How Female Travelers Should Respond to Sexual Harassment on the Road
It seems like in this age of the #MeToo movement, an unparalleled dirt has been unearthed not only in the entertainment industry but in other facets of society as well. We now come face to face with the reality – to which most of us have turned a blind eye for years – that sexual harassment happens in almost every aspect of our daily lives. For solo female travelers, the risk of being subjected to different kinds of harassments on the road rang louder than ever. It is difficult enough to find oneself in an unfamiliar place, though while that adds to the charms of traveling, the chances of being catcalled, groped and flashed by sexual perverts definitely add a layer of danger to women travelers all over the world.
What can be done to avoid these from happening? Unfortunately, nobody can control the actions of perpetrators of these type of sleazy actions. What female travelers can do is to remain brave and aware of their surroundings all the time, plus taking note of these additional tips we listed below.
Be Vigilant as Sexual Harassment Can Happen Anytime and Anywhere
If you would look at the case of disgrace film producer Harvey Weinstein, his female victims told about abuses happening inside offices, apartments, restaurants and even hotel hallways. One cannot predict when and where a sexual predator can strike.
Angeline sees the world one country at a time. Photo courtesy of Travel Moments
Female traveler Angeline Ibarra recounts a tormenting episode in one of her trips.
“Traveling alone can be daunting, especially for a solo female traveler. On the occasions when I travel alone, safety on the road is one of my concerns. I remember years ago when I was traveling on a “chicken bus” in a very local area of Rajasthan, India. The bus was full of locals and it stopped in almost every town with locals getting on and off. At one of the stops, a man got on and looked directly at my seat. He then stood directly beside me even when there were vacant seats on the other side. I didn’t mind it until I saw him start touching himself”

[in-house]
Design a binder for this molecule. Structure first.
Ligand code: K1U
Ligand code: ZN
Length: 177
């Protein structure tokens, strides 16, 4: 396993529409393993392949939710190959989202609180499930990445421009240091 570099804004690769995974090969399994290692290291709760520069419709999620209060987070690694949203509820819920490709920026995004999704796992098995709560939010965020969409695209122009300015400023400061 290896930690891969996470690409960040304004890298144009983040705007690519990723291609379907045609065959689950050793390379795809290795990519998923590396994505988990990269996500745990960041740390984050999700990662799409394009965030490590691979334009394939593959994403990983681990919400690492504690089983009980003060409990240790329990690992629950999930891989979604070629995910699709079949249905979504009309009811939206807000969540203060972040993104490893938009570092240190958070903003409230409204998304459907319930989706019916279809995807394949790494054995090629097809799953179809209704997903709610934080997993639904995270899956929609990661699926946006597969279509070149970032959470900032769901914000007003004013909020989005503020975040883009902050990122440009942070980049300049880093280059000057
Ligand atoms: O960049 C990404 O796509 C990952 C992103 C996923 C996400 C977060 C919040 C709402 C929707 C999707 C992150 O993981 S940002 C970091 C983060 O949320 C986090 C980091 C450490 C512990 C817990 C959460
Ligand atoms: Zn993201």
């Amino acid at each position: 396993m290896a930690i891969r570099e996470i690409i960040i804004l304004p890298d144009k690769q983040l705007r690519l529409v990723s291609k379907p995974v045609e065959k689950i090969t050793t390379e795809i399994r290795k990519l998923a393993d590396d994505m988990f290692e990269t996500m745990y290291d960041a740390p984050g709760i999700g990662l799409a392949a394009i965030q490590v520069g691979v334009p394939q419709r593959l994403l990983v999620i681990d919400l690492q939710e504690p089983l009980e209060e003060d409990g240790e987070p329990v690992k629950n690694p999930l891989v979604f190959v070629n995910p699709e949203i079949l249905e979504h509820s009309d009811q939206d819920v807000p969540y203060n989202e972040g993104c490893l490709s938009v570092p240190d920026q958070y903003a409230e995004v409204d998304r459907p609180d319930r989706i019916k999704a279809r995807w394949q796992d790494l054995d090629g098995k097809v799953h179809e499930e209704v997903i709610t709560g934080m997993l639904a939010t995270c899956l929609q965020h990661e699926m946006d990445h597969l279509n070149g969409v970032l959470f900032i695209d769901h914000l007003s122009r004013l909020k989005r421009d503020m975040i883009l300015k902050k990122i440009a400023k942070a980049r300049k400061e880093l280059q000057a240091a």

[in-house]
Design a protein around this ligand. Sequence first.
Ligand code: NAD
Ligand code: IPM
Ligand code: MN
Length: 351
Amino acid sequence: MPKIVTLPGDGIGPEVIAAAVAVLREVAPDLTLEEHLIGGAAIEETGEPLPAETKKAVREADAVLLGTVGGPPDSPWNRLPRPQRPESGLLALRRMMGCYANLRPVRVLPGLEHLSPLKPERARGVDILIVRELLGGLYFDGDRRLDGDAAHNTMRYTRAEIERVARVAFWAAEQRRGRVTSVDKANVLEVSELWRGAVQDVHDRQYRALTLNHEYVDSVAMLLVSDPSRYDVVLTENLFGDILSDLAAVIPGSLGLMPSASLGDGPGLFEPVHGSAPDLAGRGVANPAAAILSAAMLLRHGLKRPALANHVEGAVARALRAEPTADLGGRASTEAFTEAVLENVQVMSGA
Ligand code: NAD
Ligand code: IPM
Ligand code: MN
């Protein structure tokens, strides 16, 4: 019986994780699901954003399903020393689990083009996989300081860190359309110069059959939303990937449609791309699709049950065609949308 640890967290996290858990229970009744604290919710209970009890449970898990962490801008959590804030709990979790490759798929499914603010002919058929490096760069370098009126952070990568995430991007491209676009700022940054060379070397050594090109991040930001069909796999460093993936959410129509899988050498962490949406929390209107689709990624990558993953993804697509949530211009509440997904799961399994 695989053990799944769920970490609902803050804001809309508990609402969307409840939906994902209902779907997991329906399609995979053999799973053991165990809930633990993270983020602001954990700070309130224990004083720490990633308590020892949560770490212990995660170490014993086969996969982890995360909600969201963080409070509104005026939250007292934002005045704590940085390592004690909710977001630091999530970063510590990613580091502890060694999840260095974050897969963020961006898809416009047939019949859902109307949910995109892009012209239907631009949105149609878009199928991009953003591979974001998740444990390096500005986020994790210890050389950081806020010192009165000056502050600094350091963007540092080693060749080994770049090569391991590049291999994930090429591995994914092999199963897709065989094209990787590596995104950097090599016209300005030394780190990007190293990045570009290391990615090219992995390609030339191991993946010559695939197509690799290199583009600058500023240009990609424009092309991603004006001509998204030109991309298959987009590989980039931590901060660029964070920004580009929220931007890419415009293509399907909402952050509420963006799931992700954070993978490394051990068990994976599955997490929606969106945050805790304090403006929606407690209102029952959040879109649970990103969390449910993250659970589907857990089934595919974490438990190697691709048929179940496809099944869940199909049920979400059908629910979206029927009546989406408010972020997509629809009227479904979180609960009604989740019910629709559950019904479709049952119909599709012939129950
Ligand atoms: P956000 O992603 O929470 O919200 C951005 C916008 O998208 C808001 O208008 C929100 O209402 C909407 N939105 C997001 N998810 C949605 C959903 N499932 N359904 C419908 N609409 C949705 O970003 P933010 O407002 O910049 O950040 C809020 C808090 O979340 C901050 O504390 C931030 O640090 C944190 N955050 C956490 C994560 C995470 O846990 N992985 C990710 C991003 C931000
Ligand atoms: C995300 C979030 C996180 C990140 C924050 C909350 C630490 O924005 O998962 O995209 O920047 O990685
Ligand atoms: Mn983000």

Angeline could have remained frozen in her seat and that would be understandable as shock always left us unable to think clearly, but her presence of mind saved her from further abuse – which takes us to the second must-do in moments like this.
Gather courage and call the attention of others
Angeline did the right thing when things started to become creepy. “I stood up, shouted for the conductor and pointed at the guy. Many of the locals looked at him and the conductor came. The bus stopped and the man was kicked out”
Feeling shaken, Angeline was able to weave herself out of a possible dangerous situation by gathering her courage to seek help. “I was disgusted that this could happen in a public place. This kind of harassment can happen anywhere around the world. As a solo traveler, we need to have enough courage to call out things that make us uncomfortable and enough fear to be present and cautious but this shouldn’t ever stop us from traveling and experiencing all the world has to offer” Angeline adds.